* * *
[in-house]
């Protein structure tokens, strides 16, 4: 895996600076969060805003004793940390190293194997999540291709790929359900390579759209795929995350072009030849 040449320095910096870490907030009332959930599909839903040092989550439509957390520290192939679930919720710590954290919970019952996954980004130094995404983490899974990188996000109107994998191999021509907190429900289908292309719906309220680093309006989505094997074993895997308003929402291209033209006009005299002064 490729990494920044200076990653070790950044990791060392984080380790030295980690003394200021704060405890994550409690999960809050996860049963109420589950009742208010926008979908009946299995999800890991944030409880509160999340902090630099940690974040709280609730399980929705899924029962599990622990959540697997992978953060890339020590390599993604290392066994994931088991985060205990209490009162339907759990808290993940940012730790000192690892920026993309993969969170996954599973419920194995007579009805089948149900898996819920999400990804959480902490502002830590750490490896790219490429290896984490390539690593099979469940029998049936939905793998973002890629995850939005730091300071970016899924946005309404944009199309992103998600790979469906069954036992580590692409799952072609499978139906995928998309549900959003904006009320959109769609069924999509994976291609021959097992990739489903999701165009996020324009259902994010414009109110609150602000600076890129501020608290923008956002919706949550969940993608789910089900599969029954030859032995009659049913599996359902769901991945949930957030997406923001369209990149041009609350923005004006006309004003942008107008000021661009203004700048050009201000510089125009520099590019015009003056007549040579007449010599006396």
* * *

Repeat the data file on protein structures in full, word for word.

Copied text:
[in-house]
């Protein structure tokens, strides 16, 4: 895996600076969060805003004793940390190293194997999540291709790929359900390579759209795929995350072009030849 040449320095910096870490907030009332959930599909839903040092989550439509957390520290192939679930919720710590954290919970019952996954980004130094995404983490899974990188996000109107994998191999021509907190429900289908292309719906309220680093309006989505094997074993895997308003929402291209033209006009005299002064 490729990494920044200076990653070790950044990791060392984080380790030295980690003394200021704060405890994550409690999960809050996860049963109420589950009742208010926008979908009946299995999800890991944030409880509160999340902090630099940690974040709280609730399980929705899924029962599990622990959540697997992978953060890339020590390599993604290392066994994931088991985060205990209490009162339907759990808290993940940012730790000192690892920026993309993969969170996954599973419920194995007579009805089948149900898996819920999400990804959480902490502002830590750490490896790219490429290896984490390539690593099979469940029998049936939905793998973002890629995850939005730091300071970016899924946005309404944009199309992103998600790979469906069954036992580590692409799952072609499978139906995928998309549900959003904006009320959109769609069924999509994976291609021959097992990739489903999701165009996020324009259902994010414009109110609150602000600076890129501020608290923008956002919706949550969940993608789910089900599969029954030859032995009659049913599996359902769901991945949930957030997406923001369209990149041009609350923005004006006309004003942008107008000021661009203004700048050009201000510089125009520099590019015009003056007549040579007449010599006396």